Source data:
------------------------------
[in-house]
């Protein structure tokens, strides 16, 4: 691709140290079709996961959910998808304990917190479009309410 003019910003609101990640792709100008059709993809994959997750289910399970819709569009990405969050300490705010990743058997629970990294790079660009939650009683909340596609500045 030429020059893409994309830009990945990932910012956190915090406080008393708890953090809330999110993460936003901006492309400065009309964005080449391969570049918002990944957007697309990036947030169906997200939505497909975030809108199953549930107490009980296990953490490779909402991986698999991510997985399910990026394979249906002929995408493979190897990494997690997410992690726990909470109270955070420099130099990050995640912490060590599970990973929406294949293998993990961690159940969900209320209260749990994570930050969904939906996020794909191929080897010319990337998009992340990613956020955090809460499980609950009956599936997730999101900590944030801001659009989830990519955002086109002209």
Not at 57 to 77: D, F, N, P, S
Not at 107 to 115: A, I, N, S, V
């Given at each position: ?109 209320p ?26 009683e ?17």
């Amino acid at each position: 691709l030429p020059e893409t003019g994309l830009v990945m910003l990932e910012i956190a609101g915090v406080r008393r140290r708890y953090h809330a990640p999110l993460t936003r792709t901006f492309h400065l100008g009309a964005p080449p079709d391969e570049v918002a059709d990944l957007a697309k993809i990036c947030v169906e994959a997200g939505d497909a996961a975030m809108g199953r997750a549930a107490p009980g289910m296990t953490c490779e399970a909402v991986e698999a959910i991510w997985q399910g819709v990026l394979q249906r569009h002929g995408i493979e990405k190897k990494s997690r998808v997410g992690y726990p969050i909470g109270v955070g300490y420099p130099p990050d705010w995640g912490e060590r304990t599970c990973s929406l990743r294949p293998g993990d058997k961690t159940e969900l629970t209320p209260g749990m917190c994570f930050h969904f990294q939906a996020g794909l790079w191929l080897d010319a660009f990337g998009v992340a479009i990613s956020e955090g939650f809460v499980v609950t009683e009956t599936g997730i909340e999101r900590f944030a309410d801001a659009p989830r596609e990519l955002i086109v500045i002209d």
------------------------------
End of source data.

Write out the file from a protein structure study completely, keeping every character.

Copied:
[in-house]
């Protein structure tokens, strides 16, 4: 691709140290079709996961959910998808304990917190479009309410 003019910003609101990640792709100008059709993809994959997750289910399970819709569009990405969050300490705010990743058997629970990294790079660009939650009683909340596609500045 030429020059893409994309830009990945990932910012956190915090406080008393708890953090809330999110993460936003901006492309400065009309964005080449391969570049918002990944957007697309990036947030169906997200939505497909975030809108199953549930107490009980296990953490490779909402991986698999991510997985399910990026394979249906002929995408493979190897990494997690997410992690726990909470109270955070420099130099990050995640912490060590599970990973929406294949293998993990961690159940969900209320209260749990994570930050969904939906996020794909191929080897010319990337998009992340990613956020955090809460499980609950009956599936997730999101900590944030801001659009989830990519955002086109002209």
Not at 57 to 77: D, F, N, P, S
Not at 107 to 115: A, I, N, S, V
């Given at each position: ?109 209320p ?26 009683e ?17």
């Amino acid at each position: 691709l030429p020059e893409t003019g994309l830009v990945m910003l990932e910012i956190a609101g915090v406080r008393r140290r708890y953090h809330a990640p999110l993460t936003r792709t901006f492309h400065l100008g009309a964005p080449p079709d391969e570049v918002a059709d990944l957007a697309k993809i990036c947030v169906e994959a997200g939505d497909a996961a975030m809108g199953r997750a549930a107490p009980g289910m296990t953490c490779e399970a909402v991986e698999a959910i991510w997985q399910g819709v990026l394979q249906r569009h002929g995408i493979e990405k190897k990494s997690r998808v997410g992690y726990p969050i909470g109270v955070g300490y420099p130099p990050d705010w995640g912490e060590r304990t599970c990973s929406l990743r294949p293998g993990d058997k961690t159940e969900l629970t209320p209260g749990m917190c994570f930050h969904f990294q939906a996020g794909l790079w191929l080897d010319a660009f990337g998009v992340a479009i990613s956020e955090g939650f809460v499980v609950t009683e009956t599936g997730i909340e999101r900590f944030a309410d801001a659009p989830r596609e990519l955002i086109v500045i002209d």